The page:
Easy answer: they’re part of my local geography & history
“As Canada became more populated, small mills emerged to mechanize the tedious functions of daily life. For the Mississippi Valley region, wool became a way of life. By 1867, the Rosamond Mills employed just over 400 of the 3000 people living in Almonte, Ontario – and an almost equal number of women and men.” from Fabric of a Small Town, MVTM
Also, as I've said, I'm “warming up” for an exhibition at the Mississippi Valley Textile Museum (MVTM), here in Almonte, in the summer of 2013. A few sheep paintings here and there won’t be out of place in my interpretation of the tools and stories from the industrial era of textile manufacturing in this locale.
But there’s another answer
One that I now realize began percolating months ago, when I bought a t-shirt at The Hub showing a graphic of four rows of white sheep and one back sheep in the corner of the bottom row. The caption under the image: Never the black sheep.
didn't get it. For a while
I thought it must be a typo. And then I started painting my sheep and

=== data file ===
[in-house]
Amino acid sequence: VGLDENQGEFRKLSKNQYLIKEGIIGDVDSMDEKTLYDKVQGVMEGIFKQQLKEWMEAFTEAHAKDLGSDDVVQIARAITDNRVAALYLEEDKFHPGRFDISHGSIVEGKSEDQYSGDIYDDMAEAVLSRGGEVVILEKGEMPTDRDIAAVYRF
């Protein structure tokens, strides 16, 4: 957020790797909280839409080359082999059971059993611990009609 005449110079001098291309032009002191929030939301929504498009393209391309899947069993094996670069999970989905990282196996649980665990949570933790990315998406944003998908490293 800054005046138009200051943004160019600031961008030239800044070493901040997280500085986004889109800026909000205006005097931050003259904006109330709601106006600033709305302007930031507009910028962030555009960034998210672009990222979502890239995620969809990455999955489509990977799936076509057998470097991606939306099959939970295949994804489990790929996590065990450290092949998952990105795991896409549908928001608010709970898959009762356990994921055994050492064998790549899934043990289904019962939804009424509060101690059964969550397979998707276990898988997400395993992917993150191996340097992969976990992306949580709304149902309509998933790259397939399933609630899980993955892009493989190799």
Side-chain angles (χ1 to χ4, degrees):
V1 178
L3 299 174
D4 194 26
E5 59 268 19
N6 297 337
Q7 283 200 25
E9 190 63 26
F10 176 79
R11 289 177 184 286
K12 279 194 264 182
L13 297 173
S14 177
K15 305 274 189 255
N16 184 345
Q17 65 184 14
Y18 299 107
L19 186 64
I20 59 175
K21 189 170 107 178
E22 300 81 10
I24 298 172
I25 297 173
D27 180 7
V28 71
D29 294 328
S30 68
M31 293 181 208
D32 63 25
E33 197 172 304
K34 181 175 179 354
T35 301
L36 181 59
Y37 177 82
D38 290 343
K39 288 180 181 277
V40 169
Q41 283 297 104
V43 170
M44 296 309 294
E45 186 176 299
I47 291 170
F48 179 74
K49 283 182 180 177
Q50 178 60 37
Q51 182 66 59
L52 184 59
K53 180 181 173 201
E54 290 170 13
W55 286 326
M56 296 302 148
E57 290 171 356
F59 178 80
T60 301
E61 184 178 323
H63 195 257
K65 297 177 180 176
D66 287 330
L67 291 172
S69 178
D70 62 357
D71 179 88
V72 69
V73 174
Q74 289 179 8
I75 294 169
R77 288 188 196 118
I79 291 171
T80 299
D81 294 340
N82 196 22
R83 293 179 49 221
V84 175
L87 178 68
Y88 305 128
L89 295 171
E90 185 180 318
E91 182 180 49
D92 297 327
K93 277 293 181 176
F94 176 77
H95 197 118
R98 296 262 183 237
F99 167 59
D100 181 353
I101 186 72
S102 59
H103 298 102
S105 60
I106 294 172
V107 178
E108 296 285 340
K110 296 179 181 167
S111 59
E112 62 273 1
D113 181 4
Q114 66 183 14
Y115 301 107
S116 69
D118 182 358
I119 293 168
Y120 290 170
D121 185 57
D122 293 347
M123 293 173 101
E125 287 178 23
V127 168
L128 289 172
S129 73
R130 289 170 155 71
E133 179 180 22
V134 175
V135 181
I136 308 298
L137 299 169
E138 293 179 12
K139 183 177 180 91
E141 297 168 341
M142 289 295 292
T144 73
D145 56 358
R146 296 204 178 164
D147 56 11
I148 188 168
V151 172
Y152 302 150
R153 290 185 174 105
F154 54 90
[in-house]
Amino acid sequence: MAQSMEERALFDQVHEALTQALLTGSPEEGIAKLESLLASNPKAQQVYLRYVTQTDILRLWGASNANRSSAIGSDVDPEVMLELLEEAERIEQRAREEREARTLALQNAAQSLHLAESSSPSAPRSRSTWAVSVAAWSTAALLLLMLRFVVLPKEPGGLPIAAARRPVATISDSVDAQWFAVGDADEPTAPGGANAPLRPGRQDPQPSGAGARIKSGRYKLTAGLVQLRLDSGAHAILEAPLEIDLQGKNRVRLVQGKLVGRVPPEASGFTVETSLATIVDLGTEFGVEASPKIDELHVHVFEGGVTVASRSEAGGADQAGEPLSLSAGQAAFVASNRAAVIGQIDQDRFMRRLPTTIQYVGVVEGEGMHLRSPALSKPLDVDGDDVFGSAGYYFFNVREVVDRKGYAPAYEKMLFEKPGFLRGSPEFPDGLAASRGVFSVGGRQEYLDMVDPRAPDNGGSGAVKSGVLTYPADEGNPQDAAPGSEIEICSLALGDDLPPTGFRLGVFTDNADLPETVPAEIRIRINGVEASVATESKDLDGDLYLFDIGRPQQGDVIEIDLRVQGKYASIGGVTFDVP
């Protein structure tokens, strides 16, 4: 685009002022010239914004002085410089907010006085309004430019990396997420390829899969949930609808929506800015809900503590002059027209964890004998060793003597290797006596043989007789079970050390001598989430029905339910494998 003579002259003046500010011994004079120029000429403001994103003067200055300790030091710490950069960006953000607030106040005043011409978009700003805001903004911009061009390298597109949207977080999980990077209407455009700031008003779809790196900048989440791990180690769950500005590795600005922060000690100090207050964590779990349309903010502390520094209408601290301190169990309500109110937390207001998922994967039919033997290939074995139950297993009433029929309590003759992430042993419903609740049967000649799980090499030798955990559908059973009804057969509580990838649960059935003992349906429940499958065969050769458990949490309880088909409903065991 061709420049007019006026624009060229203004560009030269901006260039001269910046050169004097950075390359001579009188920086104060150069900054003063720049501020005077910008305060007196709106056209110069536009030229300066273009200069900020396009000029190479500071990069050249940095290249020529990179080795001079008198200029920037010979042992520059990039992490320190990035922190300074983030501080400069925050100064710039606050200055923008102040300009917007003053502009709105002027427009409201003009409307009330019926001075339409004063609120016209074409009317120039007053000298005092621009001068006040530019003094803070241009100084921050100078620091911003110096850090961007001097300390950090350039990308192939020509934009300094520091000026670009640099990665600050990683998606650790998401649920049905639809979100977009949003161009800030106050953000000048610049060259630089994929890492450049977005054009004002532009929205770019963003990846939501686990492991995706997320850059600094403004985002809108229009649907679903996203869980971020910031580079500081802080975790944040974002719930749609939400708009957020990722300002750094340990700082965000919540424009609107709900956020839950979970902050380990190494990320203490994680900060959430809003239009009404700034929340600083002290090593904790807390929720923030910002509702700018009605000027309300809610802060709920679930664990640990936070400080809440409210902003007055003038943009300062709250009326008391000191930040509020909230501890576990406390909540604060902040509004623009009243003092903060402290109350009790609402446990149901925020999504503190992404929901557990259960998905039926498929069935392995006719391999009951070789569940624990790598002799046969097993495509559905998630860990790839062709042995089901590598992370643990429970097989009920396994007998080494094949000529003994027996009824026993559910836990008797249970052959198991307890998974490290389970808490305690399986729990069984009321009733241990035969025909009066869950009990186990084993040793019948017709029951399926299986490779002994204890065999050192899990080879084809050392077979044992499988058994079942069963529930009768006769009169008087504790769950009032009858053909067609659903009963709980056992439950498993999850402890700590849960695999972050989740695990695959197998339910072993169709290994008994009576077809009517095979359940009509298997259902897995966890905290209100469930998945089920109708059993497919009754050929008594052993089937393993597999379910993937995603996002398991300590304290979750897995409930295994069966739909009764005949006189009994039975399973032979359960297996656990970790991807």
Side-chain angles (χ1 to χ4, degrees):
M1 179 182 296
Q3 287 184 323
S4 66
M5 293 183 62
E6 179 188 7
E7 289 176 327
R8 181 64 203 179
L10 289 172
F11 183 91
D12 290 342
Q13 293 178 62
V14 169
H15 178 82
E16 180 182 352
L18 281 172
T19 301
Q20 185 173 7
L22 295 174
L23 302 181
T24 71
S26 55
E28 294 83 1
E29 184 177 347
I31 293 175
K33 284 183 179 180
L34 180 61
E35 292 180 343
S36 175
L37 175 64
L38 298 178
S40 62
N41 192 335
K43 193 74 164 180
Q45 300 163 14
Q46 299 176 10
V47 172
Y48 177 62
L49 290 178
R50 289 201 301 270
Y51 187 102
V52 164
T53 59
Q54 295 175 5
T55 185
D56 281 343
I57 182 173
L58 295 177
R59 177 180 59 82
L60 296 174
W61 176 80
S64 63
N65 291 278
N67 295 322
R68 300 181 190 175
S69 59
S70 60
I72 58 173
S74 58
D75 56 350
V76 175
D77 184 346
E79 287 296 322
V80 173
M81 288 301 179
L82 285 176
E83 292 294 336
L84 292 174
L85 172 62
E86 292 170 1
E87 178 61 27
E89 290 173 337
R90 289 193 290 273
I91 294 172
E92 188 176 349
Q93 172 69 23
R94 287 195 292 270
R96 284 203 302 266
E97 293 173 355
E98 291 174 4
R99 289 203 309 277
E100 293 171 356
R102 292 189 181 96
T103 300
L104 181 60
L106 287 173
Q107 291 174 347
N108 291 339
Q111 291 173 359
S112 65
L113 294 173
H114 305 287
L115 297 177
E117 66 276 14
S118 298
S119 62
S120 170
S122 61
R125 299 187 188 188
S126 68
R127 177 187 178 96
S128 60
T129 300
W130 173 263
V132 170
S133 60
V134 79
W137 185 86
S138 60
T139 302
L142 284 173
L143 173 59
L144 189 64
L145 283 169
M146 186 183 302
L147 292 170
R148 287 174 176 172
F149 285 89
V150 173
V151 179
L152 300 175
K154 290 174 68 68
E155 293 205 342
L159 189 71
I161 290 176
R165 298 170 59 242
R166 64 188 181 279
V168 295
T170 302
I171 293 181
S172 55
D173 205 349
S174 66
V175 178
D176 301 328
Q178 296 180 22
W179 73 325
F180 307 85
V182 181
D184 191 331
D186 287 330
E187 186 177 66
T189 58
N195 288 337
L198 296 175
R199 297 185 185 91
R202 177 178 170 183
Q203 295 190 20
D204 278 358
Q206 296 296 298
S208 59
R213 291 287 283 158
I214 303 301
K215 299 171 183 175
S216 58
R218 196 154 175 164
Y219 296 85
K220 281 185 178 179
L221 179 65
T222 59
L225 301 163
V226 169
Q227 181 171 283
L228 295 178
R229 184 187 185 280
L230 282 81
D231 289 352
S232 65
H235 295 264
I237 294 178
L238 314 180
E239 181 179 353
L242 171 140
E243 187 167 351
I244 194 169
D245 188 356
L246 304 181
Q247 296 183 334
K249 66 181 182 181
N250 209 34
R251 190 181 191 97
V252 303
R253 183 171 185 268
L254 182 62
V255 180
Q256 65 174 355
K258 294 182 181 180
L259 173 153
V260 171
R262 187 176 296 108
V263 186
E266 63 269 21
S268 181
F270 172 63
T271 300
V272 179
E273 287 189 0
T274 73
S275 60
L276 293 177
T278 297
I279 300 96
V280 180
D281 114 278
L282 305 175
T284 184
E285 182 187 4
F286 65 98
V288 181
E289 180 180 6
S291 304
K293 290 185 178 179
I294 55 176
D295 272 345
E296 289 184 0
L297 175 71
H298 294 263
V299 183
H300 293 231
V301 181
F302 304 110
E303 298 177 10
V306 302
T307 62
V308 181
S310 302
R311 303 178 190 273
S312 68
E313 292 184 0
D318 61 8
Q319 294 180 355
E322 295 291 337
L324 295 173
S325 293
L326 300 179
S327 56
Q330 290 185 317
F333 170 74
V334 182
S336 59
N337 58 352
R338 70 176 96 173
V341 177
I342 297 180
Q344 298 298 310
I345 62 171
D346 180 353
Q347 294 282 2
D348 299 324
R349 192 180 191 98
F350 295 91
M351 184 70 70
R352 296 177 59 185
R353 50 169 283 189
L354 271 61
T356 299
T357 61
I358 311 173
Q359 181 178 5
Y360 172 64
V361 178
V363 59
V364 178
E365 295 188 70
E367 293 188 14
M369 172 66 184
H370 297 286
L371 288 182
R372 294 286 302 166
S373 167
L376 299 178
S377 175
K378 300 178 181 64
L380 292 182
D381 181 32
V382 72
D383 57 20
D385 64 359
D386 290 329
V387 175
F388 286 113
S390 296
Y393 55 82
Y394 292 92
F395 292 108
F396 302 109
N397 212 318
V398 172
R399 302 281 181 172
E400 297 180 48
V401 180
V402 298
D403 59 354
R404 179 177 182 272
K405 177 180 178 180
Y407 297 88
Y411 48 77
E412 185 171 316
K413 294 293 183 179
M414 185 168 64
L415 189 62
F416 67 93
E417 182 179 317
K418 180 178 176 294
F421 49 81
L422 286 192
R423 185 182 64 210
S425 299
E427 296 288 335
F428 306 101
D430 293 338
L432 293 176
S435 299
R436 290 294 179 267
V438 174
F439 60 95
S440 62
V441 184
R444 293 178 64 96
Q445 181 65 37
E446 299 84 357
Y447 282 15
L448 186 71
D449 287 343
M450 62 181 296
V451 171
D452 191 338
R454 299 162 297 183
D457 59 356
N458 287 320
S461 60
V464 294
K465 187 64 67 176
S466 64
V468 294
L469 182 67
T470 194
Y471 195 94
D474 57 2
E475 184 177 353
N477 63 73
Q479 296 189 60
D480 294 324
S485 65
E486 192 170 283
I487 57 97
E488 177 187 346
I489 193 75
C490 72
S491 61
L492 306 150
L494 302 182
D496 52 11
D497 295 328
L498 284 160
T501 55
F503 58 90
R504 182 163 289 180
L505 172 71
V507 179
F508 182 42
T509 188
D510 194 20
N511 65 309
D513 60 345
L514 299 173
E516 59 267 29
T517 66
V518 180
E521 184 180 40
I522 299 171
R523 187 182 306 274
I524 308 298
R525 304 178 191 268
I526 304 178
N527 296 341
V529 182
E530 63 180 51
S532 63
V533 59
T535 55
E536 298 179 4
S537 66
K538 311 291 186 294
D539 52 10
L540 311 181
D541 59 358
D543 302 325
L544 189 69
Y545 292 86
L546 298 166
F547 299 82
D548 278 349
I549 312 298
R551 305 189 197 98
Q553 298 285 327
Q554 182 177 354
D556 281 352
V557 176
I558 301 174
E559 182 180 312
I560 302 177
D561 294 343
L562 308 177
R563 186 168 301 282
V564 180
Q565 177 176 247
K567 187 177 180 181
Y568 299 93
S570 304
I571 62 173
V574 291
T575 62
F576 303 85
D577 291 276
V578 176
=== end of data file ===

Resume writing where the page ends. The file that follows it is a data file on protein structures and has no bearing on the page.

months passed. I started re-thinking those words. It’s amazing how an
insignificant event can attract the spirit. In any case, I’ve turned out
the following on why I paint sheep:
People are often accused of acting like sheep – not thinking or doing for themselves. Yet ask a shepherd about sheep, and she’ll tell you each has individuality and specific personality traits. Meanwhile… sheep thrive in a flock.
My bunch of colourful, odd-ball sheep paintings draws attention to a choice we all have: to be like sheep. The stereotypical sheep? No?
Then find something that gets your crazy-sheep going, work it and make it your contribution to the flock. Be a blue ribbon champion, an inspiration, the outstanding sheep in the field, go meshuggeh, but still know this: you’re part of a flock.
But, never the black sheep, the sheep that leaves the flock stands alone and won’t get far.
(Post script: Being a black sheep doesn’t mean you have to be a black sheep.)